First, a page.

Indirect inhibition of 26S proteasome activity in a cellular model of Huntington's disease

Mark S. Hipp, Chetan N. Patel, Kirill Bersuker, Brigit E. Riley, Stephen E. Kaiser, Thomas A. Shaler, Michael Brandeis, Ron R. Kopito*

*Corresponding author for this work

Research output: Contribution to journalArticlepeer-review

144 Scopus citations


Pathognomonic accumulation of ubiquitin (Ub) conjugates in human neurodegenerative diseases, such as Huntington's disease, suggests that highly aggregated proteins interfere with 26S proteasome activity. In this paper, we examine possible mechanisms by which an N-terminal fragment of mutant huntingtin (htt; N-htt) inhibits 26S function. We show that ubiquitinated N-htt- whether aggregated or not-did not choke or clog the proteasome. Both Ub-dependent and Ub-independent proteasome reporters accumulated when the concentration of mutant N-htt exceeded a solubility threshold, indicating that stabilization of 26S substrates is not linked to impaired Ub conjugation. Above this solubility threshold, mutant N-htt was rapidly recruited to cytoplasmic inclusions that were initially devoid of Ub. Although synthetically polyubiquitinated N-htt competed with other Ub conjugates for access to the proteasome, the vast majority of mutant N-htt in cells was not Ub conjugated. Our data confirm that proteasomes are not directly impaired by aggregated N-terminal fragments of htt; instead, our data suggest that Ub accumulation is linked to impaired function of the cellular proteostasis network.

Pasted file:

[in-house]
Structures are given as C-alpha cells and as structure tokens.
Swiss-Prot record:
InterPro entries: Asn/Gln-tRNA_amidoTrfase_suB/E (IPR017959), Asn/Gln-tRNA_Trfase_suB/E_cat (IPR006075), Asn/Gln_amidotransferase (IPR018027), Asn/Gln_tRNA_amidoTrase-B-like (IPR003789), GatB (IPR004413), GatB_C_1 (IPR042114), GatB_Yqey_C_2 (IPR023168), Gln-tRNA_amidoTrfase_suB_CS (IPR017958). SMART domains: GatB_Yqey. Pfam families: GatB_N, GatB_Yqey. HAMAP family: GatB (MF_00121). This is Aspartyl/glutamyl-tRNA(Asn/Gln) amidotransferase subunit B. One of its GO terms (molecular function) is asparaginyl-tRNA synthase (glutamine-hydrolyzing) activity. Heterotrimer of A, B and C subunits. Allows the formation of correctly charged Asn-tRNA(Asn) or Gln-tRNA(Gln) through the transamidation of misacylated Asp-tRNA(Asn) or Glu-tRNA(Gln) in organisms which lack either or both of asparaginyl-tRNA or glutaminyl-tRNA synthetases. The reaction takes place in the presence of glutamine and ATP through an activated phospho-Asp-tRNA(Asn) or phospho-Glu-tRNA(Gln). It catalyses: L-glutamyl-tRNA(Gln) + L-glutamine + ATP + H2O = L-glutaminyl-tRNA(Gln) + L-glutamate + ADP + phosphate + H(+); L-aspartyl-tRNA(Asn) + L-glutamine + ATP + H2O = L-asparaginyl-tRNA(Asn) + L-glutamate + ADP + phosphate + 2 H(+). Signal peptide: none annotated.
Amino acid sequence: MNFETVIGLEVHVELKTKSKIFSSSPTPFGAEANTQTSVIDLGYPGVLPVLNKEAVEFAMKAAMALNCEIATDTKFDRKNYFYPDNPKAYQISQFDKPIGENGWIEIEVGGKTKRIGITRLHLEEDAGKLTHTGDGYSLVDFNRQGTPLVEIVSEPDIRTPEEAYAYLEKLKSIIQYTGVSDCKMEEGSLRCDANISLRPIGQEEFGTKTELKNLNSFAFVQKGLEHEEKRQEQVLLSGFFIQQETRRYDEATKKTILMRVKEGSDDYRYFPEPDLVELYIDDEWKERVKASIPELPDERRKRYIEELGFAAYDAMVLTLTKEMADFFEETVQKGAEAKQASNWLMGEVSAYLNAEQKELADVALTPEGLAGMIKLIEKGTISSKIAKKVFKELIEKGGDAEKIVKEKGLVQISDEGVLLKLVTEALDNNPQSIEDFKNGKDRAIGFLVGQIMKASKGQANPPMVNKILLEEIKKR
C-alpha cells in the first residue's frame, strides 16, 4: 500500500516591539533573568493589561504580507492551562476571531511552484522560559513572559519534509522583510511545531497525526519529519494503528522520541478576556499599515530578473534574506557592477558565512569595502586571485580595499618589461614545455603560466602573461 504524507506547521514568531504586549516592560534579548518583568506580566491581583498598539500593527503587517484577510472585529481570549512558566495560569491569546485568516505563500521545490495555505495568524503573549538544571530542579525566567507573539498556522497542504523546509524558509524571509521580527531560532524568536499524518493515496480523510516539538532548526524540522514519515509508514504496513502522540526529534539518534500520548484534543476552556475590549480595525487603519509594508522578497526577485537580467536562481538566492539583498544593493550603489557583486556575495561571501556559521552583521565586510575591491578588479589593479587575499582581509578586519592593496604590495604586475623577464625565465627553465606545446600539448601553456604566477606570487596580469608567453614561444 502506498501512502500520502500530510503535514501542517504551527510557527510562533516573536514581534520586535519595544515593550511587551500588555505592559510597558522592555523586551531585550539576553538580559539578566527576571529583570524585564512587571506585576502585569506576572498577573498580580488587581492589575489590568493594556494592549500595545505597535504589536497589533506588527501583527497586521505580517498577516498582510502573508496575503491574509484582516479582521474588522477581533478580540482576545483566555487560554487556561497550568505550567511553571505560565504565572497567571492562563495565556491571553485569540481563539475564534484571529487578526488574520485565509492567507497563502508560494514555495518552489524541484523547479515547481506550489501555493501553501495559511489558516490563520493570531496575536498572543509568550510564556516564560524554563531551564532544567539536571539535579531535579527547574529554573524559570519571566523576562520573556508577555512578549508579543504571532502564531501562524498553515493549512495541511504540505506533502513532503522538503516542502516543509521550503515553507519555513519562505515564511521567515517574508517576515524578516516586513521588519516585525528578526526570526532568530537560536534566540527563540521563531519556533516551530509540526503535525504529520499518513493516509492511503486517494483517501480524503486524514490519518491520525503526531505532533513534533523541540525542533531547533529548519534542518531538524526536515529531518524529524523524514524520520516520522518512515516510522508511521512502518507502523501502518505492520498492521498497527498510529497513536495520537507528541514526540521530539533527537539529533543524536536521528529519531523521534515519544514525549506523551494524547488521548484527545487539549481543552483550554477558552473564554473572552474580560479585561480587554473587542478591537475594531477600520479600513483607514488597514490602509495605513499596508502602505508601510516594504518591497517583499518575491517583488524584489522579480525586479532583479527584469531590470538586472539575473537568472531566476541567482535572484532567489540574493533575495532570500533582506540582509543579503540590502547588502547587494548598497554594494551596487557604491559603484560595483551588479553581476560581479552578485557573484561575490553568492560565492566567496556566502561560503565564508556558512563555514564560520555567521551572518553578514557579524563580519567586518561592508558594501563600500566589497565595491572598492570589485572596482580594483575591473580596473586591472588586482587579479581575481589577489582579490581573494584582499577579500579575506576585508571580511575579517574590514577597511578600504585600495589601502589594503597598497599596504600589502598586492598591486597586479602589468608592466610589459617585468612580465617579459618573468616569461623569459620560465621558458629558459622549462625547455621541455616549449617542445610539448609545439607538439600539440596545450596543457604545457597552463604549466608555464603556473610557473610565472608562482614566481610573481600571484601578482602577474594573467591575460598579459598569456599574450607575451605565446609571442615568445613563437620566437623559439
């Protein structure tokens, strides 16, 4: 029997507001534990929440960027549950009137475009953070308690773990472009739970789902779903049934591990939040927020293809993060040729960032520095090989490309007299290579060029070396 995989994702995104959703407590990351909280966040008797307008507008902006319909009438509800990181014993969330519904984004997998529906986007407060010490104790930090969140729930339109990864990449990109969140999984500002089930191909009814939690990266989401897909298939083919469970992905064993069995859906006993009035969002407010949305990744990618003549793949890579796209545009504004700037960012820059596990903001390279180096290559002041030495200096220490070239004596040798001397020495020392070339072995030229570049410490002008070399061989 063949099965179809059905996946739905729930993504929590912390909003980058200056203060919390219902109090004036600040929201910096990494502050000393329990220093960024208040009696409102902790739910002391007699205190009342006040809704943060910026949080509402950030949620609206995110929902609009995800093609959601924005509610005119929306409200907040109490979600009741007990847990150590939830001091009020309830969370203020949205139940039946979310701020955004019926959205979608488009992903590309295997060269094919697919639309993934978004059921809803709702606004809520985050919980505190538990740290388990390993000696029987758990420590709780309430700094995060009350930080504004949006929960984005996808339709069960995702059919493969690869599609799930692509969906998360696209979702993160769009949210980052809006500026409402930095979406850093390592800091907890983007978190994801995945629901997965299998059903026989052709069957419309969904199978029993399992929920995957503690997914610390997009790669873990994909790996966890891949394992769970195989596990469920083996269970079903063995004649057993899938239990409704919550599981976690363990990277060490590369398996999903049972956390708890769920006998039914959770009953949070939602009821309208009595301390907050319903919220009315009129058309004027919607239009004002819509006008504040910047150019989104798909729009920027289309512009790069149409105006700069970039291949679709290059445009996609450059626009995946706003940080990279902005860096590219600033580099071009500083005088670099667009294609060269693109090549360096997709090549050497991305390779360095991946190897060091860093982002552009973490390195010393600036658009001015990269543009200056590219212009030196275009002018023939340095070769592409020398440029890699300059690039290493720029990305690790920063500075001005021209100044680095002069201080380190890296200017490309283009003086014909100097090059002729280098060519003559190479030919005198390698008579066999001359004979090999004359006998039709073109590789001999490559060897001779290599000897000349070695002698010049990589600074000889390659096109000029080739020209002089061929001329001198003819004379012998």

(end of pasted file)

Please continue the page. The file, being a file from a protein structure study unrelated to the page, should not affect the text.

Original languageAmerican English
Pages (from-to)573-587
Number of pages15
JournalJournal of Cell Biology
Issue number5
StatePublished - 2012


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